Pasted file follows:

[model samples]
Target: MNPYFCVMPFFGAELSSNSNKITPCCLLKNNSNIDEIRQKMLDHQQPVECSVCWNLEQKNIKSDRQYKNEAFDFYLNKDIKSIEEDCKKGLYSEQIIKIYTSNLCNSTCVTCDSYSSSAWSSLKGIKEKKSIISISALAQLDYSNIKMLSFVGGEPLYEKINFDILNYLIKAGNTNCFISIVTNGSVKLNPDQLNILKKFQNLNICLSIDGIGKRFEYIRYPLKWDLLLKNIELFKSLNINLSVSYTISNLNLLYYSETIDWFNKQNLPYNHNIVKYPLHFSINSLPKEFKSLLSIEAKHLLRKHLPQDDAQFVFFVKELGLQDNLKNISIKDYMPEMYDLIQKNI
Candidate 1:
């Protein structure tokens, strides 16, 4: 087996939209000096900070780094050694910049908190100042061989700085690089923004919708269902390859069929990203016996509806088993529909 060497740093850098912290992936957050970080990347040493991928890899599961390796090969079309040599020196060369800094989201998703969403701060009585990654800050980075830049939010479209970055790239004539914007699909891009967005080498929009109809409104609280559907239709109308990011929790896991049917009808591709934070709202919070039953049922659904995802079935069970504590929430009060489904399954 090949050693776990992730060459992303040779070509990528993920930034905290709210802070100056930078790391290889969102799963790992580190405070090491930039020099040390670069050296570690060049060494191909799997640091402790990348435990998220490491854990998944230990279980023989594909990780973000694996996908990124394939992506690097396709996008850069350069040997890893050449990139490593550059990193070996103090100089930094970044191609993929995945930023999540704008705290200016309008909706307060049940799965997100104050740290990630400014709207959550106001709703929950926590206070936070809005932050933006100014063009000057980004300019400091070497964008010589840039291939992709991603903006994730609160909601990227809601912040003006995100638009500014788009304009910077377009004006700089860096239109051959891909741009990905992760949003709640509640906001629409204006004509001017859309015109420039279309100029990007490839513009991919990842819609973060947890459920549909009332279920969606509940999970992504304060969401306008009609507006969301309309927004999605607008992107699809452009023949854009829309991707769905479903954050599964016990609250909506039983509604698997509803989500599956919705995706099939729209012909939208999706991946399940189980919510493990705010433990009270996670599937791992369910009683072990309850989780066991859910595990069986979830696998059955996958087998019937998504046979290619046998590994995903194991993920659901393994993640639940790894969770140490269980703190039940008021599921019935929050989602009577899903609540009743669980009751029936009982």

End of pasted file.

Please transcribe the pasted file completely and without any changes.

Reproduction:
[model samples]
Target: MNPYFCVMPFFGAELSSNSNKITPCCLLKNNSNIDEIRQKMLDHQQPVECSVCWNLEQKNIKSDRQYKNEAFDFYLNKDIKSIEEDCKKGLYSEQIIKIYTSNLCNSTCVTCDSYSSSAWSSLKGIKEKKSIISISALAQLDYSNIKMLSFVGGEPLYEKINFDILNYLIKAGNTNCFISIVTNGSVKLNPDQLNILKKFQNLNICLSIDGIGKRFEYIRYPLKWDLLLKNIELFKSLNINLSVSYTISNLNLLYYSETIDWFNKQNLPYNHNIVKYPLHFSINSLPKEFKSLLSIEAKHLLRKHLPQDDAQFVFFVKELGLQDNLKNISIKDYMPEMYDLIQKNI
Candidate 1:
């Protein structure tokens, strides 16, 4: 087996939209000096900070780094050694910049908190100042061989700085690089923004919708269902390859069929990203016996509806088993529909 060497740093850098912290992936957050970080990347040493991928890899599961390796090969079309040599020196060369800094989201998703969403701060009585990654800050980075830049939010479209970055790239004539914007699909891009967005080498929009109809409104609280559907239709109308990011929790896991049917009808591709934070709202919070039953049922659904995802079935069970504590929430009060489904399954 090949050693776990992730060459992303040779070509990528993920930034905290709210802070100056930078790391290889969102799963790992580190405070090491930039020099040390670069050296570690060049060494191909799997640091402790990348435990998220490491854990998944230990279980023989594909990780973000694996996908990124394939992506690097396709996008850069350069040997890893050449990139490593550059990193070996103090100089930094970044191609993929995945930023999540704008705290200016309008909706307060049940799965997100104050740290990630400014709207959550106001709703929950926590206070936070809005932050933006100014063009000057980004300019400091070497964008010589840039291939992709991603903006994730609160909601990227809601912040003006995100638009500014788009304009910077377009004006700089860096239109051959891909741009990905992760949003709640509640906001629409204006004509001017859309015109420039279309100029990007490839513009991919990842819609973060947890459920549909009332279920969606509940999970992504304060969401306008009609507006969301309309927004999605607008992107699809452009023949854009829309991707769905479903954050599964016990609250909506039983509604698997509803989500599956919705995706099939729209012909939208999706991946399940189980919510493990705010433990009270996670599937791992369910009683072990309850989780066991859910595990069986979830696998059955996958087998019937998504046979290619046998590994995903194991993920659901393994993640639940790894969770140490269980703190039940008021599921019935929050989602009577899903609540009743669980009751029936009982």